“The causal claim here that environmental reviews are stalling federal permitting or federal projects or federal actions is a very, very dubious claim at the beginning. And so the solution that they’ve come up with doesn’t really match what the actual cause [is] in the real world,” Adelman said.
The new rule may affect other environmental considerations that projects receive, according to Adelman, and could hamper the input that members of the public and other local stakeholders can provide as projects are developed.
The NEPA update expands the use of categorical exclusions—actions that have been previously determined to have little effect on the environment and are therefore not subject to further review—which could result in bypassing the NEPA and reducing a level of public input.
“The new regulations require maximum use of emergency exclusions, categorical exclusions (both of which basically exempt the project from NEPA [regulations], including exempting the public process) ... The new regulations also require the use of work previously done, no matter how old or outdated,” Environment Texas Executive Director Luke Metzger said in an email.
Metzger said the longer regulatory record of oil and gas projects in Texas and elsewhere may also provide developers a wider array of exemption options under the new rule based on extensive precedent in that sector. Norris, however, said development is still subject to other existing environmental laws and comment from members of the public regardless of the NEPA update.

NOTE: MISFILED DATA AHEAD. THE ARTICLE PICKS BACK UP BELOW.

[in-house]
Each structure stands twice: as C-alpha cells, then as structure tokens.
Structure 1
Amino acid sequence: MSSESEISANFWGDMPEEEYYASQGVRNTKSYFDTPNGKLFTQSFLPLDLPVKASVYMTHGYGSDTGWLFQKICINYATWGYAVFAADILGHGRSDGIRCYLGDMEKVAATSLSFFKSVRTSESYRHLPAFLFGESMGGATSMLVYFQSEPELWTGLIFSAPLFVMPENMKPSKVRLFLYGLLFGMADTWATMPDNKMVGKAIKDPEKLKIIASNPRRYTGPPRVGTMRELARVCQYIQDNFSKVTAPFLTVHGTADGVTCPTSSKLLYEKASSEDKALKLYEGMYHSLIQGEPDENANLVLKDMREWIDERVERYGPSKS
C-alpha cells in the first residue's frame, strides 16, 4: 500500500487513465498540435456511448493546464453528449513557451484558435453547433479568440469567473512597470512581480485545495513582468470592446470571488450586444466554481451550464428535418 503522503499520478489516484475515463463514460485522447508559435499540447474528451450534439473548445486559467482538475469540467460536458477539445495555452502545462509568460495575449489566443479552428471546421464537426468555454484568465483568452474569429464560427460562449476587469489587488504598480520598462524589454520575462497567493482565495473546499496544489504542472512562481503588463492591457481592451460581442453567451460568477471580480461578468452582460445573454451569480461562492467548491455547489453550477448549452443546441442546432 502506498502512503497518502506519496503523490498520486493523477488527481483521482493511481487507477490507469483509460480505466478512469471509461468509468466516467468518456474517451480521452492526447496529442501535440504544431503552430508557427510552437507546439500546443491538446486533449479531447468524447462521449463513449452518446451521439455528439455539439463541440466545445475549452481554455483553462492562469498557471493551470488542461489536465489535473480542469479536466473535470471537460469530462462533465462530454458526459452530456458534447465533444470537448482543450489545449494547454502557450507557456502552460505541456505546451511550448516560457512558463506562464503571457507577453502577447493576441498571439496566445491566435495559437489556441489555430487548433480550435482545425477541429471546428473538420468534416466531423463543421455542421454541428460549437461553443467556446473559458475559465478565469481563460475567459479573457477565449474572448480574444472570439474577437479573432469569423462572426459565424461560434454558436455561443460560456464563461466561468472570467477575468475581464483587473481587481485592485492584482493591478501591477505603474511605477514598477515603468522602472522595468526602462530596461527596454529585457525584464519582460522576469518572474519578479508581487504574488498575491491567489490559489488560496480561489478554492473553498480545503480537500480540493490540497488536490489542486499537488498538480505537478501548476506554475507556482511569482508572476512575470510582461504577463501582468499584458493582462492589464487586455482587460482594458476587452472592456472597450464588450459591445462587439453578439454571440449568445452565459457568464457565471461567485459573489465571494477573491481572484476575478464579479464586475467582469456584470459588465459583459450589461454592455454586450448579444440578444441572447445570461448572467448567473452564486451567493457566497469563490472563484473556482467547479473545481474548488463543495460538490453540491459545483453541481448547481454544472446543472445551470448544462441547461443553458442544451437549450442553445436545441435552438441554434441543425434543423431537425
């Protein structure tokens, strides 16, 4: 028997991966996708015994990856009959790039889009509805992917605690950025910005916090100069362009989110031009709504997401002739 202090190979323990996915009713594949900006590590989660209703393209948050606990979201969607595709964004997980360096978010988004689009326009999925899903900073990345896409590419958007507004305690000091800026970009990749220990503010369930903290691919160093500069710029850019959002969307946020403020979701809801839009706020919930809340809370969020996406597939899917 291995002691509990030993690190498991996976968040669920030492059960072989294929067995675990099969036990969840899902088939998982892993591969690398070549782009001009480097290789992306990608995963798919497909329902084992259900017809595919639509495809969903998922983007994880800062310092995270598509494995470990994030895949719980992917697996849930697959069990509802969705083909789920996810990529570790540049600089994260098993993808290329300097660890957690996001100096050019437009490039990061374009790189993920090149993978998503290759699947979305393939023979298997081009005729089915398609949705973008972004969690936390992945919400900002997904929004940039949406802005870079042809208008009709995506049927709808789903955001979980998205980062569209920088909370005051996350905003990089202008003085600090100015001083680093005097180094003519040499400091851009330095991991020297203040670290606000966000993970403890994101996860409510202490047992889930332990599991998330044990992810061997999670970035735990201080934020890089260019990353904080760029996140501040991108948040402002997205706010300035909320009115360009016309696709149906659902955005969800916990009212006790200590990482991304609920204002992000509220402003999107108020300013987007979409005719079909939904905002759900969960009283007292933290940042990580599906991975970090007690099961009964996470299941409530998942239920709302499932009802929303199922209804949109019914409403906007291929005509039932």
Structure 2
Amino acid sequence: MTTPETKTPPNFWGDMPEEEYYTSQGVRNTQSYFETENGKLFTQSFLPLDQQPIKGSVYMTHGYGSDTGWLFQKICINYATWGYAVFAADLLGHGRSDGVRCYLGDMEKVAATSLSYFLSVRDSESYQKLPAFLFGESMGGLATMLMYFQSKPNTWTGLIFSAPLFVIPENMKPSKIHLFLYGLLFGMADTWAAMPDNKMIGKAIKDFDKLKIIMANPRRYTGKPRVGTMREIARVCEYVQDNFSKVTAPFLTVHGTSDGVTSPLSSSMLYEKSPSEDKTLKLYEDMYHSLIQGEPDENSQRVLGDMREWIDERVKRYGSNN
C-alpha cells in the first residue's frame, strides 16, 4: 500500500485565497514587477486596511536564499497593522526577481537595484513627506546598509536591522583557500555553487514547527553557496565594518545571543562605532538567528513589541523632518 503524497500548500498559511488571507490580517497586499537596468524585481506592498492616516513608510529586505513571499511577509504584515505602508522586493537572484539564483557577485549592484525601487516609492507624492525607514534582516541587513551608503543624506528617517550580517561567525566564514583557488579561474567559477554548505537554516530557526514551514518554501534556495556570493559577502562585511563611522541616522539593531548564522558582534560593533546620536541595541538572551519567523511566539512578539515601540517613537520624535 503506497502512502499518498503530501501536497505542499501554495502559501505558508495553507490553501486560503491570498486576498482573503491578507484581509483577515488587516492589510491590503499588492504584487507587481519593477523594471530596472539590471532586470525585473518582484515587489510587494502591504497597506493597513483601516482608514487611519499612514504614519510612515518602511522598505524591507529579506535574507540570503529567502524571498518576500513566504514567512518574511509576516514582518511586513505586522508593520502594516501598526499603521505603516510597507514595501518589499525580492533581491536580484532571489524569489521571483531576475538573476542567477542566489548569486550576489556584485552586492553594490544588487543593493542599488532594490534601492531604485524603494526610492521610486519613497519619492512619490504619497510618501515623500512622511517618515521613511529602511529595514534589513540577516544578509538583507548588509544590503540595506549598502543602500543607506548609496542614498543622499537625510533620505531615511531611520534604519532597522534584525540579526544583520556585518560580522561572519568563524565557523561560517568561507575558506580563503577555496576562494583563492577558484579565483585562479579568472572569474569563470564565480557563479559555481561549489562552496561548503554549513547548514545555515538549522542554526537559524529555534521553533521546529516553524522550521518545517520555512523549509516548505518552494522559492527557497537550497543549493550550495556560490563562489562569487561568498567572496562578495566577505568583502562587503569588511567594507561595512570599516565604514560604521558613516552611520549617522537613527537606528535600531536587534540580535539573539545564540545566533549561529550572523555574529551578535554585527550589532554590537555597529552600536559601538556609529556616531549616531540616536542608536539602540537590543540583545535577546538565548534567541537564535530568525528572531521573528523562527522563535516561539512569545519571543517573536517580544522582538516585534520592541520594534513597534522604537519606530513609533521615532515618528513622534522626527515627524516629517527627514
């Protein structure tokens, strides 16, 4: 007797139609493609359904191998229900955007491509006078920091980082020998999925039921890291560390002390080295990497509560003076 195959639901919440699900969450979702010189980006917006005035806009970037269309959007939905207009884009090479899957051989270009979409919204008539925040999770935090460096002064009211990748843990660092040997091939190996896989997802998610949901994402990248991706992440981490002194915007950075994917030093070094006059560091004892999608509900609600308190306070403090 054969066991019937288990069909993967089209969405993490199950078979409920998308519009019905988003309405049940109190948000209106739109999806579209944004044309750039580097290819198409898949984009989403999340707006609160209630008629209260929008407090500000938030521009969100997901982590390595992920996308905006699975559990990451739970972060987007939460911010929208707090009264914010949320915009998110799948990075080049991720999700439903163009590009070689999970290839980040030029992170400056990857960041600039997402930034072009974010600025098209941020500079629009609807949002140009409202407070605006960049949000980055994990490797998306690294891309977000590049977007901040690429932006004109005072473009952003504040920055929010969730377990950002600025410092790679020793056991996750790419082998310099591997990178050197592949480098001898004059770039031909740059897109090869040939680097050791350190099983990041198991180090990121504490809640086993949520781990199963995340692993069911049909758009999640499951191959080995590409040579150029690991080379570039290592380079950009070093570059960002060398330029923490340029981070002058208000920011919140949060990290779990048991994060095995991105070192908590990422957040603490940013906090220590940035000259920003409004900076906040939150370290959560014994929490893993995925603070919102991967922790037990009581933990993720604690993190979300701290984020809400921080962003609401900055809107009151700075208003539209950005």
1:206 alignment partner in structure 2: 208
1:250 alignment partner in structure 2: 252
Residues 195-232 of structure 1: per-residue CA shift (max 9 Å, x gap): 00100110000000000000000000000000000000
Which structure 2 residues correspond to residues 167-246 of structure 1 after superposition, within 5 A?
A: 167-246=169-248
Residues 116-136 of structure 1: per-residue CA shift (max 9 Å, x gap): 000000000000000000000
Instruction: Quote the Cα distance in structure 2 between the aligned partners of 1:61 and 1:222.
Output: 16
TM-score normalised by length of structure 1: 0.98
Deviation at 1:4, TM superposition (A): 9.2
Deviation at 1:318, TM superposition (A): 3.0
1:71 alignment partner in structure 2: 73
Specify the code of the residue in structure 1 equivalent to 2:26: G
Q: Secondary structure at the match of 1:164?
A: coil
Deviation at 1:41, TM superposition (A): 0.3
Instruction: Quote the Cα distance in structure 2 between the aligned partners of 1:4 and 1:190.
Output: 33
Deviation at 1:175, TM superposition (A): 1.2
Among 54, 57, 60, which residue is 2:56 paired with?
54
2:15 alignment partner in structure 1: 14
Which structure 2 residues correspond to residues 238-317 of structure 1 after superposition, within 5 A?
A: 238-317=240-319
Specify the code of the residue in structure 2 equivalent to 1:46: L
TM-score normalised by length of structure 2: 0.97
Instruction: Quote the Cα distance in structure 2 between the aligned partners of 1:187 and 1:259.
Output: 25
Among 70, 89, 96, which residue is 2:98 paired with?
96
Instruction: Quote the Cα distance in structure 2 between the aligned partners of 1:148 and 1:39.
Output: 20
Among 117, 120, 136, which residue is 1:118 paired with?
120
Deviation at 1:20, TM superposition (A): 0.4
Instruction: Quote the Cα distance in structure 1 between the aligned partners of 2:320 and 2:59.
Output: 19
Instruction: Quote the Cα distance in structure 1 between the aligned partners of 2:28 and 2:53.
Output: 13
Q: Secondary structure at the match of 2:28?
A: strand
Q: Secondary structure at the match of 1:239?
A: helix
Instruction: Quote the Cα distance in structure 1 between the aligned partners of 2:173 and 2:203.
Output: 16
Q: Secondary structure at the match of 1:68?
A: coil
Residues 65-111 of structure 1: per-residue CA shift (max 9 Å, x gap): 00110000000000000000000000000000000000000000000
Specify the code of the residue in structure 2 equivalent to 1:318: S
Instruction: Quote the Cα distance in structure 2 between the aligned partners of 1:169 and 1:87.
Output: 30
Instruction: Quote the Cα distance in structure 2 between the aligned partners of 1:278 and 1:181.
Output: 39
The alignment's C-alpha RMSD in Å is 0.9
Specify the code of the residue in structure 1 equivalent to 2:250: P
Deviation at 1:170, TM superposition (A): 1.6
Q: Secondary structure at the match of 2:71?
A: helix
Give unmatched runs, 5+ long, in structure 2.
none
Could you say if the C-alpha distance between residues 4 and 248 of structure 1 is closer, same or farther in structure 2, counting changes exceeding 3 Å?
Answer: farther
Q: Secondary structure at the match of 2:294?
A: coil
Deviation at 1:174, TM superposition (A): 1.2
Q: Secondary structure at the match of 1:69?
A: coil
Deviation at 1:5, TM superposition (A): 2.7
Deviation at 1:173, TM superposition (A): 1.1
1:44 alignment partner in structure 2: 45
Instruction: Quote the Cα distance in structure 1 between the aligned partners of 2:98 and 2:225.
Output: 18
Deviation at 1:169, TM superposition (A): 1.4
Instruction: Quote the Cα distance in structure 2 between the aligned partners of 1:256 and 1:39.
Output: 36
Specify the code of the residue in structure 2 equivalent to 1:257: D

"These updates to NEPA don’t change any underlying environmental laws," he said. "Projects still must undergo an environmental review, and there still must be public input—as there should be."
The CEQ said the rule update is expected to enhance the public involvement process through earlier requests for comment and through the requirement that federal agencies share additional information about projects as they are planned.
Another effect of the NEPA rule change, setting subjective limits on the time and length of federal reviews, could also result in longer-term effects on an area’s environment that were not fully evaluated or anticipated, including projects' potential contribution to climate change, Adelman said.
"[With] so many environmental problems, it’s small, incremental decisions that are made that may be individually small, but collectively, they have a really, really big impact over time," he said. "It’s especially important to have those sorts of analyses and be more forward-looking and holistic. And I think one of the things that these regulations does is it really attempts to minimize those sorts of analyses.”
The largest effect the NEPA changes may have on Texas will be on oil and gas pipelines and larger infrastructure projects with a federal nexus, Adelman said. However, the state may be among the least affected by the update, despite its association with the energy industry, due to its lack of federal lands where NEPA regulations most clearly apply.
Still, industry members said they view the move as a positive step for their operations in Texas and elsewhere.
“NEPA review is a chief reason that building infrastructure has become so challenging in Texas and around the country. NEPA reform will allow the efficient construction of critical infrastructure that supports lower-carbon energy options, like natural gas and renewables, as well as future clean-energy innovations,” Norris said.